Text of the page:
- Collective depression
Collective depression is one of many collective mental states, such as collective elation, collective paranoia, collective trauma, or collective grief, which may affect a group, community or whole nation. It is characterised by a prevailing and seemingly permanent sense of inadequacy, despondency, lack of vitality, sadness and hopelessness, shared by a high proportion of the members of a collectivity. As shown by Gustave Le Bon in 1895, it can be passed by contagion, in a way similar to a physical condition.
Collective depression is often found in detained communities, such as ghettos, concentration camps or other places where all prospects of release are extremely improbable, and is recognisable by a high incidence of suicide.
There is debate over the philosophical status of the concept: while Sigmund Freud, Carl Jung, Franz Borkenau and many others accepted the existence of a collective mind or collective unconscious, much modern thinking treats collective depression as an aggregate of individuals depressions. However, there is growing interest in the concept of mass sociogenic illness where a physical or psychological condition is observed to spread within a group without a common organic cause.
The remedy for collective depression is the restoration of hope, though this may be a task beyond the capabilities of any leader of a community. Collective depression can also be a state of considerable vulnerability, as destructive strategies may be clutched at through misplaced belief in the efficacy of radical measures.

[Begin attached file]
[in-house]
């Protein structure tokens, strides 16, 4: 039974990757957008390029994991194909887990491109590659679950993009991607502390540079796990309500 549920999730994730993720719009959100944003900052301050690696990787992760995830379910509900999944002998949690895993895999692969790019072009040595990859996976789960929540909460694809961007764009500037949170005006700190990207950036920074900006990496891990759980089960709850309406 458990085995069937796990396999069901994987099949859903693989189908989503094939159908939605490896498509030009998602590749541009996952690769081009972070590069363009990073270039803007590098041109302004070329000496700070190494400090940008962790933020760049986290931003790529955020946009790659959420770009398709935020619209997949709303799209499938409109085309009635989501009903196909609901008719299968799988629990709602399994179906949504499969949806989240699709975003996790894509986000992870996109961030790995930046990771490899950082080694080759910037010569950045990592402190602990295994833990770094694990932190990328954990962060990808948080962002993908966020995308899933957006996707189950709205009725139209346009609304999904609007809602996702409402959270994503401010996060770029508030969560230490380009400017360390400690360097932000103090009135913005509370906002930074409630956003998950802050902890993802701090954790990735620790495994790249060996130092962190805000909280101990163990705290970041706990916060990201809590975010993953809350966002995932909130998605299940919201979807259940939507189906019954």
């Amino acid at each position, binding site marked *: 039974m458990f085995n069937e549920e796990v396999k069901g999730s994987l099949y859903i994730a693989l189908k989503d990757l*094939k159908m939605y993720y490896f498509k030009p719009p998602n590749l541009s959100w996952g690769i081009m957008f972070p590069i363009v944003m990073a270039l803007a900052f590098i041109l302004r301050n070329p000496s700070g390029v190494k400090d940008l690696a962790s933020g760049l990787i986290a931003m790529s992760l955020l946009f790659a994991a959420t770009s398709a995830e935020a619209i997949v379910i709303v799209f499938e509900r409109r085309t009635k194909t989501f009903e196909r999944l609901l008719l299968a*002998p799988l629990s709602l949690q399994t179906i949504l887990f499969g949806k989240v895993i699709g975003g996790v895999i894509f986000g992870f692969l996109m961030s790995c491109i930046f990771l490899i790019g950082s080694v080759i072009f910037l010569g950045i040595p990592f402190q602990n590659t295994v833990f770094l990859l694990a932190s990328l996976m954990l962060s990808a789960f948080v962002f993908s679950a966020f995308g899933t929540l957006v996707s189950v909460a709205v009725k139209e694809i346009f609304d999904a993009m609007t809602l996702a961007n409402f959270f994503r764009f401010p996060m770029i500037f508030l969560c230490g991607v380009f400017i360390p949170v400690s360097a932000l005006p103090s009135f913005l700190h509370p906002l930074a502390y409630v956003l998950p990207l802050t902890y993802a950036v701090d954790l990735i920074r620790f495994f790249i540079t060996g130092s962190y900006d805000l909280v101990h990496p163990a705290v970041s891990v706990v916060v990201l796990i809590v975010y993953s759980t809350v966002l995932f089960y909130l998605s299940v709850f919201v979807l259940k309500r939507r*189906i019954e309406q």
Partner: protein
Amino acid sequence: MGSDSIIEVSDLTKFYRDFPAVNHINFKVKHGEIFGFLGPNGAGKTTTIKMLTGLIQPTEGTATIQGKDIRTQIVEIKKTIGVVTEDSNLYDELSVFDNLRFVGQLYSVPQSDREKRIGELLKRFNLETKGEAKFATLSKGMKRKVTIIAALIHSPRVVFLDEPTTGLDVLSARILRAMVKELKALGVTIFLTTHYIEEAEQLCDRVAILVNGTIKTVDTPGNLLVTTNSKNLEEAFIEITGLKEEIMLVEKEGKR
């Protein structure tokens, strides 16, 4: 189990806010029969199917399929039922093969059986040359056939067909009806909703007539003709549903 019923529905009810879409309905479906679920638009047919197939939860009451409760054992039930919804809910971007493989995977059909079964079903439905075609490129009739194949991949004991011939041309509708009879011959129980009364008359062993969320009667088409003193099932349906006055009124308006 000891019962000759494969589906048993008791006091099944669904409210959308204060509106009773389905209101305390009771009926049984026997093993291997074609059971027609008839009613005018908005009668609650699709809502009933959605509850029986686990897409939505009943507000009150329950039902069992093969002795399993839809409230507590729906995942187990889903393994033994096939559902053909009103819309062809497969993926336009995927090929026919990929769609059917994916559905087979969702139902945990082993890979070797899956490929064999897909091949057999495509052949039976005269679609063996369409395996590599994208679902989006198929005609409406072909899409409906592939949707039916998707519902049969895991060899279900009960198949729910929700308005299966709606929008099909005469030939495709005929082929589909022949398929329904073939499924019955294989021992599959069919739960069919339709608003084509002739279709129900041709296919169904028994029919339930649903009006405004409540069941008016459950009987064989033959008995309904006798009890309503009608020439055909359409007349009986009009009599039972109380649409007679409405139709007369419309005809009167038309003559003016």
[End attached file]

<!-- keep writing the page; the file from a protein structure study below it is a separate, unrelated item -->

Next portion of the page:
- Bartholomew, Robert E.; Simon Wessely (2002). "Protean nature of mass sociogenic illness". The British Journal of Psychiatry 180 (4): 300–306. doi:10.1192/bjp.180.4.300. PMID 11925351. http://bjp.rcpsych.org/content/180/4/300 Retrieved 2011-9-23.
- Borkenau, Franz, 1981. End and Beginning, On the Generations of Cultures and the Origins of the West. (ed. and intro. by Richard Lowenthal). New York: Columbia University Press.
- Bostock, William W., (2007). Retrieved 2011-9-23 Collective Depression: Its Nature, Causation and Alleviation. In: Bernie Warren, Ed., Suffering the slings and arrows of outrageous fortune: International perspectives on stress, laughter and depression. At the Interface (Volume 31). Rodolpi: Amsterdam, New York, pp. 1-12. ISBN 13: 978-90-420-2148-8
- Freud, Sigmund, (1955). Beyond the Pleasure Principle, Group Psychology and Other Works. In Standard Edition, XVIII (1920–1922). London: Hogarth.
- Jung, Carl G., (1959). The Collected Works of C. G. Jung. (17 Volumes). London: Routledge & Kegan Paul.
- Le Bon, G., (1960). (First Published 1895). The Mind of the Crowd. New York: Viking.
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